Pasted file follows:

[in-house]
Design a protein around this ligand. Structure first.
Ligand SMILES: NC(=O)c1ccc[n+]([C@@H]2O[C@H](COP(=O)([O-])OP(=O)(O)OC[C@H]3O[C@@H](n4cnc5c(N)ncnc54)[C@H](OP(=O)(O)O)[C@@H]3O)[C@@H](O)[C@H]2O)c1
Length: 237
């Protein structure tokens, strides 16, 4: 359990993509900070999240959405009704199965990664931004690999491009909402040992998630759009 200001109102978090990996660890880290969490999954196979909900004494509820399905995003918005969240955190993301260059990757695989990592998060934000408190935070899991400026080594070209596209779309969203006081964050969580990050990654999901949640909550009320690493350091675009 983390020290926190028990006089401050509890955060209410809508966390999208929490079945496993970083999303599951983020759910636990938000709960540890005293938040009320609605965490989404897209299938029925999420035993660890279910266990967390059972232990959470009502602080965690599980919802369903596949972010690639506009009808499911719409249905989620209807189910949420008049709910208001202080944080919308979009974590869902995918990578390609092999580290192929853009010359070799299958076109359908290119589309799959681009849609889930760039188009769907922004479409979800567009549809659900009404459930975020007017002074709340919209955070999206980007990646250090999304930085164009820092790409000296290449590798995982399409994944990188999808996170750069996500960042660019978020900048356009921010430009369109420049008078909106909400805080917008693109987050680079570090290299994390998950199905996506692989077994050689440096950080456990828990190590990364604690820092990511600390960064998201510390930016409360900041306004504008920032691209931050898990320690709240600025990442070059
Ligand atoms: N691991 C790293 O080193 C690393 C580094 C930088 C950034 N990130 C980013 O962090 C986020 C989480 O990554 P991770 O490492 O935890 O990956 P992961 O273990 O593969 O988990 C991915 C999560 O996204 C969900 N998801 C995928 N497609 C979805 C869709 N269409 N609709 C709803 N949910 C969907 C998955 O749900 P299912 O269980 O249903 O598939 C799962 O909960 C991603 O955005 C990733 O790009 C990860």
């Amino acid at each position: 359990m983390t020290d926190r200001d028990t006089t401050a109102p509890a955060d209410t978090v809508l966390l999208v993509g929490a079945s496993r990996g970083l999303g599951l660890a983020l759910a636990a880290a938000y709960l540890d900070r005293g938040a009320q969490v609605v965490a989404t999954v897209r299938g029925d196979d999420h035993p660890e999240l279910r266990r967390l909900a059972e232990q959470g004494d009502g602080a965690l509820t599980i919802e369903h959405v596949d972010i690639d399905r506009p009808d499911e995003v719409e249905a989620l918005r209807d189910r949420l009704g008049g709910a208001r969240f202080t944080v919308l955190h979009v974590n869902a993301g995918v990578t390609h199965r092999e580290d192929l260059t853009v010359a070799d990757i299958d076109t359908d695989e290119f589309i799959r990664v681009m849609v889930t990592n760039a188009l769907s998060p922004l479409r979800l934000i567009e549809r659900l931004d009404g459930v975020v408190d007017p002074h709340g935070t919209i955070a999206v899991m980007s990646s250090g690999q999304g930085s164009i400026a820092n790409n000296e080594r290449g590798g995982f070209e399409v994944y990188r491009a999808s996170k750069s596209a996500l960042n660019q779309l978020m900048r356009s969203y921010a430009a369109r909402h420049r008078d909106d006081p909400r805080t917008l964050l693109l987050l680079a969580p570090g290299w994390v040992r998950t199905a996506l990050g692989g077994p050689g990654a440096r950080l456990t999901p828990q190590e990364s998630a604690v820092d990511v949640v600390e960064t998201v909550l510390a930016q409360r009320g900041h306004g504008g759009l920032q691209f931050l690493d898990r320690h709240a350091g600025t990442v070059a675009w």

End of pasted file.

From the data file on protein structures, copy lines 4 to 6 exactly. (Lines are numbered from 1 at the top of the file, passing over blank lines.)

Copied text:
Length: 237
């Protein structure tokens, strides 16, 4: 359990993509900070999240959405009704199965990664931004690999491009909402040992998630759009 200001109102978090990996660890880290969490999954196979909900004494509820399905995003918005969240955190993301260059990757695989990592998060934000408190935070899991400026080594070209596209779309969203006081964050969580990050990654999901949640909550009320690493350091675009 983390020290926190028990006089401050509890955060209410809508966390999208929490079945496993970083999303599951983020759910636990938000709960540890005293938040009320609605965490989404897209299938029925999420035993660890279910266990967390059972232990959470009502602080965690599980919802369903596949972010690639506009009808499911719409249905989620209807189910949420008049709910208001202080944080919308979009974590869902995918990578390609092999580290192929853009010359070799299958076109359908290119589309799959681009849609889930760039188009769907922004479409979800567009549809659900009404459930975020007017002074709340919209955070999206980007990646250090999304930085164009820092790409000296290449590798995982399409994944990188999808996170750069996500960042660019978020900048356009921010430009369109420049008078909106909400805080917008693109987050680079570090290299994390998950199905996506692989077994050689440096950080456990828990190590990364604690820092990511600390960064998201510390930016409360900041306004504008920032691209931050898990320690709240600025990442070059
Ligand atoms: N691991 C790293 O080193 C690393 C580094 C930088 C950034 N990130 C980013 O962090 C986020 C989480 O990554 P991770 O490492 O935890 O990956 P992961 O273990 O593969 O988990 C991915 C999560 O996204 C969900 N998801 C995928 N497609 C979805 C869709 N269409 N609709 C709803 N949910 C969907 C998955 O749900 P299912 O269980 O249903 O598939 C799962 O909960 C991603 O955005 C990733 O790009 C990860």